Advertising
Advertising

A Professional Organizer’s Favorite Software

A Professional Organizer’s Favorite Software
Mind Manager

Call it an occupational hazard, but I really enjoy finding software that saves time and helps people be more productive. Here are a few things I have found that make my life and my client’s lives much easier.

Advertising

ActiveWords
I have been using this software for several years and don’t know what I would do without it. ActiveWords allows you to create your own computer shortcuts, just like making macros that work anywhere on your computer. It allows you to quickly paste blocks of text, open folders, open documents, launch programs, and go to specific web pages. You trigger the shortcuts by typing the ActiveWord that you choose, and then typing a trigger key, preset at F8. You can create text substitution shortcuts to plug in preconfigured blocks of text anywhere you like. For example, you could set up an ActiveWord “billofrights” and it would paste the entire Bill of Rights where you want it at any time. I use it to type my address and phone numbers, among many other things. I have documents I like to access quickly, like my collection of quotes, so I have it open by just typing “quotes” from literally anywhere I am working. I can open a browser and view my blog by just typing “blog.” There is so much to say about this application that it would take up an entire article by itself. I would recommend watching their tutorials for a quick orientation.

Advertising


SnagIt
Yes, you can take screenshots by using the “Print Screen” key, but once you experience SnagIt you will never be satisfied with anything else. You can capture a selected region of the screen, an entire scrolling window, and many other capture profiles. You can even have SnagIt record a video of your screen. You can have it delay the capture for a few seconds while you click a dropdown menu, and you can choose to have the cursor showing or not. Once the screenshot is captured, it goes into the SnagIt Editor, where you can easily annotate it with arrows, circles, callouts, text, and many other choices. SnagIt is particularly useful for communicating with other people such as a web developer, a marketing person, or a tech support person, showing them exactly what needs to be fixed or changed. It’s absolutely indispensable for writing procedures and instructions.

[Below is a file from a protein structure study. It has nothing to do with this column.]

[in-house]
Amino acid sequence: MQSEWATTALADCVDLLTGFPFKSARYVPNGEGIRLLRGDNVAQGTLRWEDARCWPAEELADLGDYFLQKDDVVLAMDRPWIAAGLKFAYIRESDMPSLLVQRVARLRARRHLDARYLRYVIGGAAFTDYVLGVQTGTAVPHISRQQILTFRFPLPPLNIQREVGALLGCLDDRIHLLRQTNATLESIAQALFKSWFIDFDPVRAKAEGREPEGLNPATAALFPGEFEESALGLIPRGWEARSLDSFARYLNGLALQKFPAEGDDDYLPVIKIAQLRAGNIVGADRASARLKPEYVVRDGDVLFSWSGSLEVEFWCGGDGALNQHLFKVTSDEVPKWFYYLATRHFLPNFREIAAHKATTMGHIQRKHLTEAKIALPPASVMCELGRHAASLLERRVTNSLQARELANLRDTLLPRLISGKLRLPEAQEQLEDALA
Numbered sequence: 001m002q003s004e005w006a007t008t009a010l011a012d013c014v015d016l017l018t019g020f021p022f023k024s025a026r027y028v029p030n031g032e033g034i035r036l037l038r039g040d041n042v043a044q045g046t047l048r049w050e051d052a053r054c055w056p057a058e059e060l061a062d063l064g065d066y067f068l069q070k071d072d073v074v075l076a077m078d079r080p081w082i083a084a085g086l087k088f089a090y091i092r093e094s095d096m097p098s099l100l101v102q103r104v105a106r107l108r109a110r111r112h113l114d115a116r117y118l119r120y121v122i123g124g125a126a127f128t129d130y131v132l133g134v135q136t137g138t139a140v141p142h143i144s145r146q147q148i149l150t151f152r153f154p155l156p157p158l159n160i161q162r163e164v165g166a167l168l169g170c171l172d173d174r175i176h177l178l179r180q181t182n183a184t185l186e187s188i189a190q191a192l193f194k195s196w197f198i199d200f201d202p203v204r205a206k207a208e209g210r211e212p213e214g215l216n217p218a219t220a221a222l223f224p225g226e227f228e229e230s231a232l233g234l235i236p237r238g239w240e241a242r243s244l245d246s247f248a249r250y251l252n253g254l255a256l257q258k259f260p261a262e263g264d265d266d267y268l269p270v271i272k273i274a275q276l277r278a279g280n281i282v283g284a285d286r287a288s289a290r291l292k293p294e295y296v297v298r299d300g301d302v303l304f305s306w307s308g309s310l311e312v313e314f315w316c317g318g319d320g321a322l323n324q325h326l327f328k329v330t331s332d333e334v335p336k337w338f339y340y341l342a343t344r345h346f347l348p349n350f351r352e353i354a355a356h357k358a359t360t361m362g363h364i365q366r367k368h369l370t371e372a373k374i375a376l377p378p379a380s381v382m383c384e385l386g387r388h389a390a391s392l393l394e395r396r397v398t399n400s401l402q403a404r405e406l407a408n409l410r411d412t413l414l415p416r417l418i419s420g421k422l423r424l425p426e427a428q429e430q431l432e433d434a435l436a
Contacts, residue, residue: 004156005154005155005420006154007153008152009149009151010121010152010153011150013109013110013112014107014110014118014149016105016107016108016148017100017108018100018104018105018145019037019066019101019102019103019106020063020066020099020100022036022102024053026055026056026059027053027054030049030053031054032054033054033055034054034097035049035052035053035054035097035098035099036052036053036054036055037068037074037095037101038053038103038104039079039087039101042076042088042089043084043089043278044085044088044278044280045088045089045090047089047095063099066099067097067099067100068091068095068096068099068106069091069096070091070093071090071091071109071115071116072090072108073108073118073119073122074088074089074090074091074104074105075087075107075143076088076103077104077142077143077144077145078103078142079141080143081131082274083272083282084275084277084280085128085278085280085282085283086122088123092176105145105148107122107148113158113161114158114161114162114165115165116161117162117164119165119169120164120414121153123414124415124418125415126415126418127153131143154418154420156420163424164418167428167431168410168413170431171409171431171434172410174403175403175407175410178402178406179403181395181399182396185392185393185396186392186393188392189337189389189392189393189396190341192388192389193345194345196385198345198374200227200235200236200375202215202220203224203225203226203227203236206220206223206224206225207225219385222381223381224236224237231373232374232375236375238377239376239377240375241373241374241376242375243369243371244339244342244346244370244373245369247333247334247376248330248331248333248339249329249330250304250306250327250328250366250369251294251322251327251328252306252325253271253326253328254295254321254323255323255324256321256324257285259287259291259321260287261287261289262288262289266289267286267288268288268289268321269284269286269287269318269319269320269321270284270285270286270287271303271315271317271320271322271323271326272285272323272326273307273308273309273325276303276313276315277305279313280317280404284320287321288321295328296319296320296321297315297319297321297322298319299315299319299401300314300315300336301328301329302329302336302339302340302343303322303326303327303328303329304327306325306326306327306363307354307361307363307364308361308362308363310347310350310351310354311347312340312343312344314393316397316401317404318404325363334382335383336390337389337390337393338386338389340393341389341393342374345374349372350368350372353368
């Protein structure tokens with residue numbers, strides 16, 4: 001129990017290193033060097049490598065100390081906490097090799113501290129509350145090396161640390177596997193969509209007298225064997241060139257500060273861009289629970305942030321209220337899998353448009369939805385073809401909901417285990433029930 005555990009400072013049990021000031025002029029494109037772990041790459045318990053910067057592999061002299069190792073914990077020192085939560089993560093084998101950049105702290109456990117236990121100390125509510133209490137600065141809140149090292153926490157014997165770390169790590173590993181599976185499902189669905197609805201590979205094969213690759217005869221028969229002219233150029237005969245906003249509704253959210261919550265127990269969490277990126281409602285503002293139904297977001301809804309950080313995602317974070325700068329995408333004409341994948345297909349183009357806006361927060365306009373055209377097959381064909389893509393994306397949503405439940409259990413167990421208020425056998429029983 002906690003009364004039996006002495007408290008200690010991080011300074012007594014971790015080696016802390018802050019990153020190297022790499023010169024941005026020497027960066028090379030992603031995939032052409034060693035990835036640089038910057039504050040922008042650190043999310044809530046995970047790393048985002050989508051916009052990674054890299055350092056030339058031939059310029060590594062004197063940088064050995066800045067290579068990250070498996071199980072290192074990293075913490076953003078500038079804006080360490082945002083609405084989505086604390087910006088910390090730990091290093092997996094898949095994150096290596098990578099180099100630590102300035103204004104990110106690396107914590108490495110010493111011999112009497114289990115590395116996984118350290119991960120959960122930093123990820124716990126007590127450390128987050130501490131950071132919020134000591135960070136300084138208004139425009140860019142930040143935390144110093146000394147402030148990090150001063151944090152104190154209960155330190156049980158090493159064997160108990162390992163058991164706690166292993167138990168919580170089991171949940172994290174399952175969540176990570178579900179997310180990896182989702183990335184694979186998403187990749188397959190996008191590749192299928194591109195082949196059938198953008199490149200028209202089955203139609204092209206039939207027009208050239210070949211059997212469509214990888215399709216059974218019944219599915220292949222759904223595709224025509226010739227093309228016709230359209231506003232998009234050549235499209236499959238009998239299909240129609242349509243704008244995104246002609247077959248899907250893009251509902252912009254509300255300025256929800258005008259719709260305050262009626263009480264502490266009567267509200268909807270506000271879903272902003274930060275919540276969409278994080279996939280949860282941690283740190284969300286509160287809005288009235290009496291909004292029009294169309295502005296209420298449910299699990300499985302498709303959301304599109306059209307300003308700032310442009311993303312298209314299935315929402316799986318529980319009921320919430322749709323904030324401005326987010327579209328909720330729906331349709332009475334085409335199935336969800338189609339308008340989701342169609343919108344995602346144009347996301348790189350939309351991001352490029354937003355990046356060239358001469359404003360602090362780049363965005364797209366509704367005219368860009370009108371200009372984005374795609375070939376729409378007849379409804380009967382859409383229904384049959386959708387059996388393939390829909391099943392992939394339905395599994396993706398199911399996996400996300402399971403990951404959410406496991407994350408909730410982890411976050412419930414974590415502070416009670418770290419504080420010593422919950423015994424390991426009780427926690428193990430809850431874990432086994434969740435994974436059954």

Advertising

MindGenius and MindManager
These two applications are for mind mapping, which is one of the best ways to organize your thoughts, take notes, plan something, or just brainstorm. These two applications are made by different companies and there are pros and cons to each one. I find MindGenius easier to learn, but MindManager has more advanced features and more integration with popular applications, and they have a Mac version. In both cases, you can export your ideas from the mind map into Word and other applications.

Advertising

Lorie Marrero is a Professional Organizer and creator of The Clutter Diet, an innovative, affordable online program for home organization. Lorie’s site helps members lose “Clutter-Pounds” from their homes by providing online access to her team of organizers. Lorie writes something insanely practical every few days or so in the Clutter Diet Blog.

More by this author

6 Reasons to Keep Receipts…Or Not! Prefer Paper Planners? 3 Best Calendars You’ve Never Heard Of Organizing Saves You Money: 8 Valuable Opportunities The Seven Essential “Stations” Every Home Should Have Five Common Working-At-Home Problems- Solved!

Trending in Technology

1 8 Replacements for Google Notebook 2 7 Tools to Help Keep Track of Goals and Habits Effectively 3 7 Clever Goal Tracker Apps to Make the Most of Your Business in 2019 4 10 Smartest Productivity Software to Improve Your Work Performance 5 18 Best Time Management Apps and Tools (2019 Updated)

Read Next

Advertising
Advertising
Advertising

Last Updated on May 14, 2019

8 Replacements for Google Notebook

8 Replacements for Google Notebook

Exploring alternatives to Google Notebook? There are more than a few ‘notebooks’ available online these days, although choosing the right one will likely depend on just what you use Google Notebook for.

  1. Zoho Notebook